X-ray structure determination of the glycine cleavage system protein H of Mycobacterium tuberculosis using an inverse Compton synchrotron X-ray source

  • Jan Abendroth
  • Michael S. McCormick
  • Thomas E. Edwards
  • Bart Staker
  • Roderick Loewen
  • Martin Gifford
  • Jeff Rifkin
  • Chad Mayer
  • Wenjin Guo
  • Yang Zhang
  • Peter Myler
  • Angela Kelley
  • Erwin Analau
  • Stephen Nakazawa Hewitt
  • Alberto J. Napuli
  • Peter Kuhn
  • Ronald D. Ruth
  • Lance J. Stewart
Article

Abstract

Structural genomics discovery projects require ready access to both X-ray diffraction and NMR spectroscopy which support the collection of experimental data needed to solve large numbers of novel protein structures. The most productive X-ray crystal structure determination laboratories make extensive use of tunable synchrotron X-ray light to solve novel structures by anomalous diffraction methods. This requires that frozen cryo-protected crystals be shipped to large multi acre synchrotron facilities for data collection. In this paper we report on the development and use of the first laboratory-scale synchrotron light source capable of performing many of the state-of-the-art synchrotron applications in X-ray science. This Compact Light Source is a first-in-class device that uses inverse Compton scattering to generate X-rays of sufficient flux, tunable wavelength and beam size to allow high-resolution X-ray diffraction data collection from protein crystals. We report on benchmarking tests of X-ray diffraction data collection with hen egg white lysozyme, and the successful high-resolution X-ray structure determination of the Glycine cleavage system protein H from Mycobacterium tuberculosis using diffraction data collected with the Compact Light Source X-ray beam.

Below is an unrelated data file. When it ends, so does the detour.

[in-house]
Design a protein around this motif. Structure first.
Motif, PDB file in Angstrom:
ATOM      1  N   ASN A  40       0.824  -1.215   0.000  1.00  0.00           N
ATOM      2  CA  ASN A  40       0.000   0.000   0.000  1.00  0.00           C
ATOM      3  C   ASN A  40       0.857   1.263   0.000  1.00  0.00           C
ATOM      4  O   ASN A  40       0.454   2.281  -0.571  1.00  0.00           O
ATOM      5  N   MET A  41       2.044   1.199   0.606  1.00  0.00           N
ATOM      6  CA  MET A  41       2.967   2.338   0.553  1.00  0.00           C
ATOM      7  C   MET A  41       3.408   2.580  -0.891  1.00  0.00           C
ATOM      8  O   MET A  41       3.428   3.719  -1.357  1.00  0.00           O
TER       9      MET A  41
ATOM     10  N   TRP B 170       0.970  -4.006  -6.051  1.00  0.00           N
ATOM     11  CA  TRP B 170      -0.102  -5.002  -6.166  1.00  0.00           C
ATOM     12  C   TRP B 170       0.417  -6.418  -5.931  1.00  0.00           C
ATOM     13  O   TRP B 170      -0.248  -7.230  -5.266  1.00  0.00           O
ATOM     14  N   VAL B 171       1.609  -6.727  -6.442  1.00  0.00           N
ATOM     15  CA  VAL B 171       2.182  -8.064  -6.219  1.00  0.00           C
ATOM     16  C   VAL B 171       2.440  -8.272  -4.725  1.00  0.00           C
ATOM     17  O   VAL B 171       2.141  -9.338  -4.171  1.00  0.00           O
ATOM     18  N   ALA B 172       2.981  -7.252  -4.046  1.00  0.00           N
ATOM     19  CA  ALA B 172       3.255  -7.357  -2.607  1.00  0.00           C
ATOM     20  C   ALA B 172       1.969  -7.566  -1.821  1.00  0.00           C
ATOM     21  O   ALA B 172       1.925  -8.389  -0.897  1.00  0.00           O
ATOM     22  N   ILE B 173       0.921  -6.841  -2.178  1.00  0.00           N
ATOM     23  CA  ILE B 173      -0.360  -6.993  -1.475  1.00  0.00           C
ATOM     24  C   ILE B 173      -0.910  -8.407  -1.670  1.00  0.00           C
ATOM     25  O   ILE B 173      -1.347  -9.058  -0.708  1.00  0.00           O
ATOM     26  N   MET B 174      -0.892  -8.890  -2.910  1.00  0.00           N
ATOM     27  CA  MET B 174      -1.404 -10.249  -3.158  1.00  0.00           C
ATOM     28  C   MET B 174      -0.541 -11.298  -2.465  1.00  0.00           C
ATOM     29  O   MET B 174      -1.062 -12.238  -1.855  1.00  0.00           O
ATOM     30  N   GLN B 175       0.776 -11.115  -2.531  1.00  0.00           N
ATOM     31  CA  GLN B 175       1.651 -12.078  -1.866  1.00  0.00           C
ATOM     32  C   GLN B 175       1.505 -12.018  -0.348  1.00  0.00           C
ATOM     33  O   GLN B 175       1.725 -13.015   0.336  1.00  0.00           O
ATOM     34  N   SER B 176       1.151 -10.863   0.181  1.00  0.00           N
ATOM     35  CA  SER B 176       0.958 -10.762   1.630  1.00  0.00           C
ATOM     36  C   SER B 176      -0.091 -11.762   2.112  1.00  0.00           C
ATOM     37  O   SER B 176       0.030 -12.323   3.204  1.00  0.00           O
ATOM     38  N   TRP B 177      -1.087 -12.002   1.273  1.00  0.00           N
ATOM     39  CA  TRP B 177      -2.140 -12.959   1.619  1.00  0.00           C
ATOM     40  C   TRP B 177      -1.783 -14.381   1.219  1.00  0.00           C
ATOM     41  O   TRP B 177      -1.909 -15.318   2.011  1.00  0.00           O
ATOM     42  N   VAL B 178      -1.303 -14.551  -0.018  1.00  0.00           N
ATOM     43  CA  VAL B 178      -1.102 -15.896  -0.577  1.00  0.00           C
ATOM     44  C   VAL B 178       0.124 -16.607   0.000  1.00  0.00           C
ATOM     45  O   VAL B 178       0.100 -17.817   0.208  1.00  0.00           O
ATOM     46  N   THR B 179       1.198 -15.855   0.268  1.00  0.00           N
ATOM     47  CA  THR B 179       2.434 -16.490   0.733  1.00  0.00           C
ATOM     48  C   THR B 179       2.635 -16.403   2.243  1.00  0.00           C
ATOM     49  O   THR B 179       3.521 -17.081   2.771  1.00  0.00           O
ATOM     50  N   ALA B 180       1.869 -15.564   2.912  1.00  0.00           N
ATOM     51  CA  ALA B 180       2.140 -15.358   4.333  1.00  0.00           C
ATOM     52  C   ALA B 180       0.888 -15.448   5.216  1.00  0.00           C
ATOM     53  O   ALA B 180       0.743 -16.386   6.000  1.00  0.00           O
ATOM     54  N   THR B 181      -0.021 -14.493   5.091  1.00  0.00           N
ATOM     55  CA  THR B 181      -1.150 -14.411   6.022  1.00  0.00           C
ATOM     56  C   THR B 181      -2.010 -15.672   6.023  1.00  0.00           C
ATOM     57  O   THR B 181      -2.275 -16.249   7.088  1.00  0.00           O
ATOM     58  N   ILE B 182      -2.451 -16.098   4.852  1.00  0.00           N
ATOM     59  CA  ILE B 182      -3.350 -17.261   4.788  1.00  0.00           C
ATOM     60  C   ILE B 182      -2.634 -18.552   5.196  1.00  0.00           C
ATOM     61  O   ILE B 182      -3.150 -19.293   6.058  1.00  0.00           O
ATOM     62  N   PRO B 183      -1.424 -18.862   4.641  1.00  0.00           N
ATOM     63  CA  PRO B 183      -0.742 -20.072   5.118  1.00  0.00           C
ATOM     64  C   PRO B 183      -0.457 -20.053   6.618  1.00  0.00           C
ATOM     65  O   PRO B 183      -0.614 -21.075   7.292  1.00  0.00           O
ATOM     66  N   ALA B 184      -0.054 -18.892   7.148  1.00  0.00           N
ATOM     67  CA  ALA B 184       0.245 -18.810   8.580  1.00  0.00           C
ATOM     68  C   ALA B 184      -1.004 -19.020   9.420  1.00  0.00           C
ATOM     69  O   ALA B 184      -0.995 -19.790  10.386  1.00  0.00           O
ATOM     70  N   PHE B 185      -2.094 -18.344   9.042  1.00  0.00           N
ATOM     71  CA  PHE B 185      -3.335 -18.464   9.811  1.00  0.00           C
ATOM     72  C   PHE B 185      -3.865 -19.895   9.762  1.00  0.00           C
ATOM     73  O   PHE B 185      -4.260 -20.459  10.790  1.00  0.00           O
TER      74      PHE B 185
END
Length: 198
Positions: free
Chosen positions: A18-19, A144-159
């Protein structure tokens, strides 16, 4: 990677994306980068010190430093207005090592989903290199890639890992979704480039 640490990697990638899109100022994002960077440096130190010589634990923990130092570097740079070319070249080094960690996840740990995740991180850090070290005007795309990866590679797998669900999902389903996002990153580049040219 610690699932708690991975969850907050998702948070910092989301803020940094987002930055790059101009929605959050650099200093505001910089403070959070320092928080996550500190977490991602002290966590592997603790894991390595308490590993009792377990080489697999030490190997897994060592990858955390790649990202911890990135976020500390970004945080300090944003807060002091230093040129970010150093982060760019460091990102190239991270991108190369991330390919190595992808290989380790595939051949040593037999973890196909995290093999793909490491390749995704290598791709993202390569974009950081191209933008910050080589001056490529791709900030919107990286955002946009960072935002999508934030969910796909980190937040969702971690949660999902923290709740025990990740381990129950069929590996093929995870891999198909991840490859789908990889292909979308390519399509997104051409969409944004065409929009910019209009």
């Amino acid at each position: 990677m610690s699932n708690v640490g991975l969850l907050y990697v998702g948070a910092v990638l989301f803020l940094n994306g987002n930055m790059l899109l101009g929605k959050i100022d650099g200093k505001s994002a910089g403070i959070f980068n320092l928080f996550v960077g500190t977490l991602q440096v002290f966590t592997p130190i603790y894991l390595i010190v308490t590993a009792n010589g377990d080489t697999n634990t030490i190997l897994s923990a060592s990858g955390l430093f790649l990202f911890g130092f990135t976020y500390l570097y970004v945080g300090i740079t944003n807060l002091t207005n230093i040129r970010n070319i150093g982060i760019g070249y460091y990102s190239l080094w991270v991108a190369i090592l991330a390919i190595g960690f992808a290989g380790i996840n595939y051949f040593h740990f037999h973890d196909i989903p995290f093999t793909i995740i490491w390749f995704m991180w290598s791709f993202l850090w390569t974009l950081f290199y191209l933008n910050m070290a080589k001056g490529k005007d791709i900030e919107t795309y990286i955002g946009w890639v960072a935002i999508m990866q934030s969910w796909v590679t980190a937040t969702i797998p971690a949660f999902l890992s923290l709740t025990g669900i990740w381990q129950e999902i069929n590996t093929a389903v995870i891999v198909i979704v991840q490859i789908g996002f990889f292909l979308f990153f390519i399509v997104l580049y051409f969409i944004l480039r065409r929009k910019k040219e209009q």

Keywords

Compact light source X-ray crystallography Inverse Compton 

Notes

Acknowledgments

We gratefully acknowledge NIH funding for the developments included in this paper. The prototype CLS was funded by the NIGMS under grant R44-GM66511. The X-ray station and optics development was funded by the NIGMS and NCRR under grant R44-GM074437. The development of the Beta CLS was funded by the NIGMS and NCRR which have co-sponsored the Accelerated Technologies Center for Gene to 3D Structure (www.atcg3d.org), a PSI-2 Specialized Center, under Grant U54 GM074961. The production of MytuGCSPH protein and crystals was funded by NIAID under Federal Contract No. HHSN272200700057C which supports the Seattle Structural Genomics Center for Infectious Disease (www.SSGCID.org). Special thanks to Shellie Dieterich, Becky Poplawski, and Jeff Christensen at Emerald BioStructures for their support in molecular biology and protein crystallization. The authors also wish to thank the organizing committee of the PSI organized Enabling Technologies Meetings held each spring on the NIH campus. LTI collaborators wish to thank the staff at LTI, Michael Blum, Jens Als-Nielsen, Anette Jensen and Bill Weis.

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Copyright information

© Springer Science+Business Media B.V. 2010

Authors and Affiliations

  • Jan Abendroth
    • 1
  • Michael S. McCormick
    • 2
  • Thomas E. Edwards
    • 1
  • Bart Staker
    • 1
  • Roderick Loewen
    • 3
  • Martin Gifford
    • 3
  • Jeff Rifkin
    • 3
  • Chad Mayer
    • 4
  • Wenjin Guo
    • 4
  • Yang Zhang
    • 4
  • Peter Myler
    • 4
  • Angela Kelley
    • 5
  • Erwin Analau
    • 5
  • Stephen Nakazawa Hewitt
    • 5
  • Alberto J. Napuli
    • 5
  • Peter Kuhn
    • 2
  • Ronald D. Ruth
    • 3
    • 6
  • Lance J. Stewart
    • 1
  1. 1.Emerald BioStructuresBainbridge IslandUSA
  2. 2.The Scripps Research InstituteLa JollaUSA
  3. 3.Lyncean TechnologiesPalo AltoUSA
  4. 4.Seattle Biomedical Research InstituteSeattleUSA
  5. 5.University of WashingtonSeattleUSA
  6. 6.SLAC National Accelerator LaboratoryStanfordUSA

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